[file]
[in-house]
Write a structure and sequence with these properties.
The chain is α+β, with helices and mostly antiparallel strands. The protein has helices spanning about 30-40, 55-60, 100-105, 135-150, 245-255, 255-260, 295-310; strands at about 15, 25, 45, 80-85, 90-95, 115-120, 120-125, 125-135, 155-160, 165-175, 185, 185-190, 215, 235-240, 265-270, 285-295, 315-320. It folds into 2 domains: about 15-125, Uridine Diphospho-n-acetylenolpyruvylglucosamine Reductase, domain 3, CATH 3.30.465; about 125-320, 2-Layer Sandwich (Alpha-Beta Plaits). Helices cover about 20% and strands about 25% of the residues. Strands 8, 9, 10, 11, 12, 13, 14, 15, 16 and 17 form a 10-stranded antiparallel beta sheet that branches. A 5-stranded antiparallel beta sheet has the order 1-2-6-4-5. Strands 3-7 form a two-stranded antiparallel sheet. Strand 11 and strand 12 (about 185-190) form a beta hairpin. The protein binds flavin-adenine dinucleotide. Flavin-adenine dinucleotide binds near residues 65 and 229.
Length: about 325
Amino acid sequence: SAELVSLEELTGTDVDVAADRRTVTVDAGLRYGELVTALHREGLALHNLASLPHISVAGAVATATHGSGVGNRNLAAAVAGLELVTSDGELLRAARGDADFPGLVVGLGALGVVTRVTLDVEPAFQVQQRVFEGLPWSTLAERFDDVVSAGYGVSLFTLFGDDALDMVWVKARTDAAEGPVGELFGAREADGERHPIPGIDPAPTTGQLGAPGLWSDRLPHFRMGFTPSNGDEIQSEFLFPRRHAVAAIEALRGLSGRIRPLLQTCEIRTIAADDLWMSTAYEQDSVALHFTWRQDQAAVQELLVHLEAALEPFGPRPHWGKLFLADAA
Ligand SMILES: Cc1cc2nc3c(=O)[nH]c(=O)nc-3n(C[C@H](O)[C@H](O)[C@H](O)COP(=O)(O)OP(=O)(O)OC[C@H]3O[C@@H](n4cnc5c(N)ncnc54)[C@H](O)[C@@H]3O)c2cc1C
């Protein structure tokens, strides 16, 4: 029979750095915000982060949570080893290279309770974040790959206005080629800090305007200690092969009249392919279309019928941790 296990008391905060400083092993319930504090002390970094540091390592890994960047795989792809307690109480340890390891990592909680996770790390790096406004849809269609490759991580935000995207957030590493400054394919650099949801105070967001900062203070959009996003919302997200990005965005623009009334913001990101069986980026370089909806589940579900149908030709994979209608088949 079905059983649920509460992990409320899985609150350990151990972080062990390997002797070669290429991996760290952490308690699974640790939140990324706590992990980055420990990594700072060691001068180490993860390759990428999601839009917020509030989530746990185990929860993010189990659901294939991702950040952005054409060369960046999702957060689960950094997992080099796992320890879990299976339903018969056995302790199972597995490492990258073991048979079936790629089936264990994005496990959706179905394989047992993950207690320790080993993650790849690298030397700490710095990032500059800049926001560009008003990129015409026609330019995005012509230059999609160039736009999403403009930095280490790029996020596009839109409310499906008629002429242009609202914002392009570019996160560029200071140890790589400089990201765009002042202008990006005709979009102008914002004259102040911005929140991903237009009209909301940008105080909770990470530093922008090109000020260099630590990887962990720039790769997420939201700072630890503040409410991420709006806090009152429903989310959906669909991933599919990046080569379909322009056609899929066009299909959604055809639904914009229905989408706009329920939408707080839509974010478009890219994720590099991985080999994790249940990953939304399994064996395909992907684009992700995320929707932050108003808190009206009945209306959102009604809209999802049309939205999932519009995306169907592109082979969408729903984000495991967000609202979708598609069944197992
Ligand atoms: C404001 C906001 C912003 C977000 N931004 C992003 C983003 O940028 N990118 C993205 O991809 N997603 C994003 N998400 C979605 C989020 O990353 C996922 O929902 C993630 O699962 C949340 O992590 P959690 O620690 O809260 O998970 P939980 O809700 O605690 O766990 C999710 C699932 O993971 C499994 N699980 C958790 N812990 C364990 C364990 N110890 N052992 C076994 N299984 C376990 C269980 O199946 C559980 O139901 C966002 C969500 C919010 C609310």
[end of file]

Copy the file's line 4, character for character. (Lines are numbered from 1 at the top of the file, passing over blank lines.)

Length: about 325